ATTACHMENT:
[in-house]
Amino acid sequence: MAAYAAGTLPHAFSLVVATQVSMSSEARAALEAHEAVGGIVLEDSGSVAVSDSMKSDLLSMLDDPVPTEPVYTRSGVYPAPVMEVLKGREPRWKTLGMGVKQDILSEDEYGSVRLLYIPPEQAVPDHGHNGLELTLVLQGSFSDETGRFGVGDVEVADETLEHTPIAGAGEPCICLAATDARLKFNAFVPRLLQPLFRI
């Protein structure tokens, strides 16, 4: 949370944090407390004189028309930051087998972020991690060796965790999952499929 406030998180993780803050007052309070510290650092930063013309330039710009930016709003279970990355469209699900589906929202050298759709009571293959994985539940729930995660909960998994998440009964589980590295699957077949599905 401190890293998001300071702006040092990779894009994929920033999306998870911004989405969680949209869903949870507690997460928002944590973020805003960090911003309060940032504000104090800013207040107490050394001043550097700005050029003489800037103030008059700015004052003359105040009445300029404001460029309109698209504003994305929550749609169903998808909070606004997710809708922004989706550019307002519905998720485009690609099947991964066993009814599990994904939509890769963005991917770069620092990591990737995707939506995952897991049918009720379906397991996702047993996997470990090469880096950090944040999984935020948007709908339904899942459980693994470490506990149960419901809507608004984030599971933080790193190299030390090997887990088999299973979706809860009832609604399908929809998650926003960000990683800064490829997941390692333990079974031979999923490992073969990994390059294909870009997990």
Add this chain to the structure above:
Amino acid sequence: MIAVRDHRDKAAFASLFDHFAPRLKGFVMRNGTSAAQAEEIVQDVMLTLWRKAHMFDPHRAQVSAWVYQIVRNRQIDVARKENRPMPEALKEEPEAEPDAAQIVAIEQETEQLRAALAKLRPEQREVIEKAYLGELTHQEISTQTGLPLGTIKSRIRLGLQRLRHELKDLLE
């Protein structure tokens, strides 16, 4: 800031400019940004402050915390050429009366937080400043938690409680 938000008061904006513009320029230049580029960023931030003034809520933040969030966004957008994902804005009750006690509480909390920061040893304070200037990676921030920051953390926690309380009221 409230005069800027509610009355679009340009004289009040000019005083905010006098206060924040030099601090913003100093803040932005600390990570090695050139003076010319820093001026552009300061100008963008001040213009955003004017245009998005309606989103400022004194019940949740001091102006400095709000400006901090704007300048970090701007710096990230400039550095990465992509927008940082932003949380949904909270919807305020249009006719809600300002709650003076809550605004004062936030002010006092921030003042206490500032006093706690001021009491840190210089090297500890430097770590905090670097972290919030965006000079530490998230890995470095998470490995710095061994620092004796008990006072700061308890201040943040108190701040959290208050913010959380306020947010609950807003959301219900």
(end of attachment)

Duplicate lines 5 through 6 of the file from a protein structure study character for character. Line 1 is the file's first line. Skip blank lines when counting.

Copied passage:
Amino acid sequence: MIAVRDHRDKAAFASLFDHFAPRLKGFVMRNGTSAAQAEEIVQDVMLTLWRKAHMFDPHRAQVSAWVYQIVRNRQIDVARKENRPMPEALKEEPEAEPDAAQIVAIEQETEQLRAALAKLRPEQREVIEKAYLGELTHQEISTQTGLPLGTIKSRIRLGLQRLRHELKDLLE
């Protein structure tokens, strides 16, 4: 800031400019940004402050915390050429009366937080400043938690409680 938000008061904006513009320029230049580029960023931030003034809520933040969030966004957008994902804005009750006690509480909390920061040893304070200037990676921030920051953390926690309380009221 409230005069800027509610009355679009340009004289009040000019005083905010006098206060924040030099601090913003100093803040932005600390990570090695050139003076010319820093001026552009300061100008963008001040213009955003004017245009998005309606989103400022004194019940949740001091102006400095709000400006901090704007300048970090701007710096990230400039550095990465992509927008940082932003949380949904909270919807305020249009006719809600300002709650003076809550605004004062936030002010006092921030003042206490500032006093706690001021009491840190210089090297500890430097770590905090670097972290919030965006000079530490998230890995470095998470490995710095061994620092004796008990006072700061308890201040943040108190701040959290208050913010959380306020947010609950807003959301219900």